A new experimental revelation about black phosphorus nanoribbons should facilitate the future application of this highly promising material to electronic, optoelectronic and thermoelectric devices. A team of Molecular Foundry users working with Jeff Urban in the Inorganic Nanostructures facility has experimentally confirmed strong in-plane anisotropy in thermal conductivity, up to a factor of two, along the zigzag and armchair directions of single-crystal black phosphorous nanoribbons.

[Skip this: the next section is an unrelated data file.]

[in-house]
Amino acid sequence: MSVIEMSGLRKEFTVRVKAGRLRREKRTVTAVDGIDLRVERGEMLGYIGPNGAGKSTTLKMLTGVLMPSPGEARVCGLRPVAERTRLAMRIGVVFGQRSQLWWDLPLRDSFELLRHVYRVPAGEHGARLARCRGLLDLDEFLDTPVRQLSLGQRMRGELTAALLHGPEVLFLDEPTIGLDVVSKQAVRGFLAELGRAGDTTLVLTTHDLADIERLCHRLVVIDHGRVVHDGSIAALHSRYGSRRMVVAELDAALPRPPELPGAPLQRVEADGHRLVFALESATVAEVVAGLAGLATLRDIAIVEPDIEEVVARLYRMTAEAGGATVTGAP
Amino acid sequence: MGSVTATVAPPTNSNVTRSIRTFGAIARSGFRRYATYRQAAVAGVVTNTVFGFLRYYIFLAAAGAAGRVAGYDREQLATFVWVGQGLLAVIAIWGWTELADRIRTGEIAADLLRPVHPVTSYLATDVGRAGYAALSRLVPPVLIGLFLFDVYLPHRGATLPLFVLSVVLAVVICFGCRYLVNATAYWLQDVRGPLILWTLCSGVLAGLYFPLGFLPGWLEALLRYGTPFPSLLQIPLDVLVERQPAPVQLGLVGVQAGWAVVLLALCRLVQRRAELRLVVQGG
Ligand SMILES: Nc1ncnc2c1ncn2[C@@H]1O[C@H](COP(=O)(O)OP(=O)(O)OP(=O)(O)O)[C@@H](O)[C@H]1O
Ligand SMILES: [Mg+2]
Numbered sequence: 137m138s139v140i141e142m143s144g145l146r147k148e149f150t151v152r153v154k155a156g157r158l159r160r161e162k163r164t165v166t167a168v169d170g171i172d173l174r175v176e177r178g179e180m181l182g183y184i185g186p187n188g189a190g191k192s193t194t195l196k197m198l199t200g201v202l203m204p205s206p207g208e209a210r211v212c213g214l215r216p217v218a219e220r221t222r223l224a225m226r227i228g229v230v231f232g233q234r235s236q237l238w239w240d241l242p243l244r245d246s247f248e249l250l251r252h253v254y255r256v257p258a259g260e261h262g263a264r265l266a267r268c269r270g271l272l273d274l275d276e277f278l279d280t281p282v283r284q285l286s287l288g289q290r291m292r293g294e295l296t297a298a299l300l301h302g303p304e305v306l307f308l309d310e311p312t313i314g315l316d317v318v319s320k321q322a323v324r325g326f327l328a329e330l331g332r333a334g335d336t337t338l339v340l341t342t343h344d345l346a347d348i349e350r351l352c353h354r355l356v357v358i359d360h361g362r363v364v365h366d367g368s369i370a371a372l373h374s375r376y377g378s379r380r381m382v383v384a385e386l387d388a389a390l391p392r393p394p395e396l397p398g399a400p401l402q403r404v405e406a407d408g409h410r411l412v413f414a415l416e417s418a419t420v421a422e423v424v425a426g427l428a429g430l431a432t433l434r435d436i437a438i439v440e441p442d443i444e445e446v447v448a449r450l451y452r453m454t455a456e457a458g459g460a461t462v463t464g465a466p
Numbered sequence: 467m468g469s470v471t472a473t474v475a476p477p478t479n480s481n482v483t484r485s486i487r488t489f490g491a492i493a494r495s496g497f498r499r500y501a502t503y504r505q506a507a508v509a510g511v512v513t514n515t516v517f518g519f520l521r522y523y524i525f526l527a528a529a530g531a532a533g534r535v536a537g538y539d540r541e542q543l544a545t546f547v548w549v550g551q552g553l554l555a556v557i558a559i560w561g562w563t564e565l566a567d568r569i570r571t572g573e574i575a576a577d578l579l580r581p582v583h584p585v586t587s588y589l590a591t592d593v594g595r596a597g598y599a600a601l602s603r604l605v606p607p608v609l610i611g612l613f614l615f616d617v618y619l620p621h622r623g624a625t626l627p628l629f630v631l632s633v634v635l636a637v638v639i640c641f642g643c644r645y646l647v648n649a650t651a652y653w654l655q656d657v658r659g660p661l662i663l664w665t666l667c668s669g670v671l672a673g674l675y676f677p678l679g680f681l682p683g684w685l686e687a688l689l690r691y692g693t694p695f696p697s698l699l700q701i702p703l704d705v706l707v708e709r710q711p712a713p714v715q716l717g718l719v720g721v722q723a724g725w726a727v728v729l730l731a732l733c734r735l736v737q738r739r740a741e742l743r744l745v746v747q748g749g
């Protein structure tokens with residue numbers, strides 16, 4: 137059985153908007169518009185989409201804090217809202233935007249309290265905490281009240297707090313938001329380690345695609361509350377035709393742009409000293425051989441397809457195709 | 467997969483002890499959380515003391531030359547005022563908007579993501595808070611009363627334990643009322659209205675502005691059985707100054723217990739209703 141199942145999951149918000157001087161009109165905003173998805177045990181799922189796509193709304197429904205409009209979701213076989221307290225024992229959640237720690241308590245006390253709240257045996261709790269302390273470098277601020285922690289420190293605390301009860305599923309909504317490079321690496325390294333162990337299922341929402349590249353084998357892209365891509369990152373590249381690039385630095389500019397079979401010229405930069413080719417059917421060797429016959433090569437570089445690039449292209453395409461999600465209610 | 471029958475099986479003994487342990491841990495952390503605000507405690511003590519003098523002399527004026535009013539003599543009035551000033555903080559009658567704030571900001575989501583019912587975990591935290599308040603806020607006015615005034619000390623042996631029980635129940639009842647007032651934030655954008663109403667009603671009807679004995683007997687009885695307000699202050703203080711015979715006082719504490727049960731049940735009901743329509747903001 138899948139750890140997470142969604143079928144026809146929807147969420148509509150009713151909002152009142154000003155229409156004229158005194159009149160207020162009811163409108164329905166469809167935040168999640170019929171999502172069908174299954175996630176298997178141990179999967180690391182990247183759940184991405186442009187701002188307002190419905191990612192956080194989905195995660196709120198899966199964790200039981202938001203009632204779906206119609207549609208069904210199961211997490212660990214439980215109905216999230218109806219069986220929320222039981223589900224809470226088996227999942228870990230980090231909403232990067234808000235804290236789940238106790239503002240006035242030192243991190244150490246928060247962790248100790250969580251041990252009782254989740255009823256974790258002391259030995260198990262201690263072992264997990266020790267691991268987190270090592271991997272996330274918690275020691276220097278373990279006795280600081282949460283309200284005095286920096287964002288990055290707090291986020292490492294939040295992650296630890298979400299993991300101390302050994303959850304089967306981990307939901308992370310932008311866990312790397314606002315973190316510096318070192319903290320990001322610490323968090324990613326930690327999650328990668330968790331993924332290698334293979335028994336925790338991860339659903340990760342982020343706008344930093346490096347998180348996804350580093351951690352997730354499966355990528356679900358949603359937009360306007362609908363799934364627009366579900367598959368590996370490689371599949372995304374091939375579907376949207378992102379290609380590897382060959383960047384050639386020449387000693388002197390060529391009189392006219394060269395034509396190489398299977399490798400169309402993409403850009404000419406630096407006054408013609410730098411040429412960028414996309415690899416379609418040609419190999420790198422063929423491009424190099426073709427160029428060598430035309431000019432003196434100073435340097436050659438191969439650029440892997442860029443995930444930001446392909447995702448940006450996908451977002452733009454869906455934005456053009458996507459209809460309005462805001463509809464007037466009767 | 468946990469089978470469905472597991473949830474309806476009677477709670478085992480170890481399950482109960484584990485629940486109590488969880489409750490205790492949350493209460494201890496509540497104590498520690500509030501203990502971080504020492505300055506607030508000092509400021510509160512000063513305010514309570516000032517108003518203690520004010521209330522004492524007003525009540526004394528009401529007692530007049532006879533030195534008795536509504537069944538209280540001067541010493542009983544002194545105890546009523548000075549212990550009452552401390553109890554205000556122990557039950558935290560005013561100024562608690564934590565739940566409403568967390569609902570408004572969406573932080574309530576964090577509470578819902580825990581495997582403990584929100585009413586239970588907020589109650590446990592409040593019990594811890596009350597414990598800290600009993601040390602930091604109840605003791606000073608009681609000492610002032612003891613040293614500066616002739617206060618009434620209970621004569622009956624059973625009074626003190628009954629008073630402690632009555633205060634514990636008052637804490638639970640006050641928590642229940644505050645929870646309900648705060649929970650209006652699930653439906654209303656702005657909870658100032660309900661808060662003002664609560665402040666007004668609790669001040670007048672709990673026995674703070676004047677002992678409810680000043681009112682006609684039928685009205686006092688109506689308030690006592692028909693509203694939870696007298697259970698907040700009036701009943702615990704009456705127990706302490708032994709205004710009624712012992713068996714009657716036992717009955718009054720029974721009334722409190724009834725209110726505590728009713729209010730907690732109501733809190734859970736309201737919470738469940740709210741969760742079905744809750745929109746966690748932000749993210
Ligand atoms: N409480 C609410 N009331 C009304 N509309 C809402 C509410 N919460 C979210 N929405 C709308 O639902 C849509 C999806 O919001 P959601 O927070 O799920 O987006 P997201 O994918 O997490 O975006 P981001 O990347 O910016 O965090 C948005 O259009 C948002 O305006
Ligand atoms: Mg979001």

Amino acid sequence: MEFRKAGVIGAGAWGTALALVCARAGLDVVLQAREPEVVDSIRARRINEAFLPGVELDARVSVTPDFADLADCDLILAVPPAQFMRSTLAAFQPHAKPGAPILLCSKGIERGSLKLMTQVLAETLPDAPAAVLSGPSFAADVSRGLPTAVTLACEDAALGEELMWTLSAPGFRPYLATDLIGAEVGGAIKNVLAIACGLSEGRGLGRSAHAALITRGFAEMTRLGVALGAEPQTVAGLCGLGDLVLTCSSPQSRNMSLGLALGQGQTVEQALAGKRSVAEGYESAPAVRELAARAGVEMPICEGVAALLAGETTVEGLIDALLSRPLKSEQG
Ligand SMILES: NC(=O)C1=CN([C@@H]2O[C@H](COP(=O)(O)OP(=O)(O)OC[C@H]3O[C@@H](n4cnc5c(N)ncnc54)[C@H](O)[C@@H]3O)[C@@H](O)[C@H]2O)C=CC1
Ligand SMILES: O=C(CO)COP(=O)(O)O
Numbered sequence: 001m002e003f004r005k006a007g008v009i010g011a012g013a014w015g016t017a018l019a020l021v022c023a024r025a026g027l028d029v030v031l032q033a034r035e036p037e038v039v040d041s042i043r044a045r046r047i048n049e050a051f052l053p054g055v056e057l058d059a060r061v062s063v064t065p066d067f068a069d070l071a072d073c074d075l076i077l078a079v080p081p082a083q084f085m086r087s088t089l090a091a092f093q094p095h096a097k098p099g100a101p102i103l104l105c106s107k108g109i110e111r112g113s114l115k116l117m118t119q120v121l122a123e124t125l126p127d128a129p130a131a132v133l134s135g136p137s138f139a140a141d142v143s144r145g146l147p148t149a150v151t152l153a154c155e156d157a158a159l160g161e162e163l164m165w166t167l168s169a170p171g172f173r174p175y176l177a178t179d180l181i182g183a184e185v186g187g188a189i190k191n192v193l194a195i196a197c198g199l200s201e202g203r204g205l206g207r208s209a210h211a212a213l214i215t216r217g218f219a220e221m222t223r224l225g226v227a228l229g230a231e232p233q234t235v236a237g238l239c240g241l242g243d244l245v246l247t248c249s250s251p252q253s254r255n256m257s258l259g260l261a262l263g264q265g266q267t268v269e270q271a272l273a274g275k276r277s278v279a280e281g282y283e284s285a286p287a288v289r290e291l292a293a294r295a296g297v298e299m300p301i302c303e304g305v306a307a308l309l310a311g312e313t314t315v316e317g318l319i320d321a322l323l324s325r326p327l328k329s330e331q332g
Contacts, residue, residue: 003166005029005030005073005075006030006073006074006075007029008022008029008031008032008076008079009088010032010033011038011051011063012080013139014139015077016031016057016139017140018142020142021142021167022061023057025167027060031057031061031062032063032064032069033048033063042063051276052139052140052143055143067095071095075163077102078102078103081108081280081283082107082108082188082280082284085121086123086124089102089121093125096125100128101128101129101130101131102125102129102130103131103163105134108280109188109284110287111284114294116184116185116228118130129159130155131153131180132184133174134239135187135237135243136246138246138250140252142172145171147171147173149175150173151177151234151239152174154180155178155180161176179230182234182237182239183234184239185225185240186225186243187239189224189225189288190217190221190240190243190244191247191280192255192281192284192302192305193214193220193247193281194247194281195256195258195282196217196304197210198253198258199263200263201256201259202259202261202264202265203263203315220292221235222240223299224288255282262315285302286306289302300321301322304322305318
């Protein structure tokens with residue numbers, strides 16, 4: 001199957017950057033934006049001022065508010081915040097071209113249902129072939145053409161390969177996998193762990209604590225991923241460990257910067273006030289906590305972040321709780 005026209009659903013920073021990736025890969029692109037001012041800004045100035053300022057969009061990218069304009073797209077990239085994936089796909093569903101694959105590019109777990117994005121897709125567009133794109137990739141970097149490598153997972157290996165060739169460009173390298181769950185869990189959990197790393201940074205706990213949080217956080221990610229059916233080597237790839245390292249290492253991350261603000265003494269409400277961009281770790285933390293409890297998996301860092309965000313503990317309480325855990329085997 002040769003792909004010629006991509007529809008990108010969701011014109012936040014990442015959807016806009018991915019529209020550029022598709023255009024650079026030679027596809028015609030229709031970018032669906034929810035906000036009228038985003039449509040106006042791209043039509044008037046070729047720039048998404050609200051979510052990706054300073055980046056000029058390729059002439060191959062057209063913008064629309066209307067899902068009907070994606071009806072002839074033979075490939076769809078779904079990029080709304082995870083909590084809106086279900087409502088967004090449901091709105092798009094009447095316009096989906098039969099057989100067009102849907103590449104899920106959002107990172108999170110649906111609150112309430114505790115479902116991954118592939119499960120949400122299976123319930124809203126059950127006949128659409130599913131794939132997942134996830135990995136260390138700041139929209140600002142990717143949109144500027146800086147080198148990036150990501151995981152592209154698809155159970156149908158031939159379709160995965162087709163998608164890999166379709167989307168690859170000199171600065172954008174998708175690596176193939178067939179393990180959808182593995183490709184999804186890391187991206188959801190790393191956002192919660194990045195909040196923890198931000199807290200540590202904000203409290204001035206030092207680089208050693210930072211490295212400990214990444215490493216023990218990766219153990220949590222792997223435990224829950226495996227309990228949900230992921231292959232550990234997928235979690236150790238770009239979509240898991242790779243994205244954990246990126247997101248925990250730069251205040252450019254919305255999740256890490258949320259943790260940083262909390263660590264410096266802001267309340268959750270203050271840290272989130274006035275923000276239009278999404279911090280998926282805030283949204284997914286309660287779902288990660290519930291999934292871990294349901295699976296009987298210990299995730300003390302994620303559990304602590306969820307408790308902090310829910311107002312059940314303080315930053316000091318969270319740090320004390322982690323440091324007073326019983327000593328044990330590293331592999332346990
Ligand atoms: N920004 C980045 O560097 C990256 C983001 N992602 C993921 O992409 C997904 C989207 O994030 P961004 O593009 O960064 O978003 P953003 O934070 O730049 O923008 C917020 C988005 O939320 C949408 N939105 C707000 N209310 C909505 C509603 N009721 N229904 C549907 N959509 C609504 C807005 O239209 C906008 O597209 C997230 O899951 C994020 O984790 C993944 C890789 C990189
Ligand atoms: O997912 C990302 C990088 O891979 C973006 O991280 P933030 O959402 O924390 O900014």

The study shows that heat flow in black phosphorous nanoribbons can be very different along different directions in the plane. This thermal conductivity anisotropy has been predicted recently for 2D black phosphorous crystals by theorists but never before observed. Such anisotropy would be a boost for designing energy-efficient transistors and thermoelectric devices, but experimental confirmation proved challenging because of sample preparation and measurement requirements.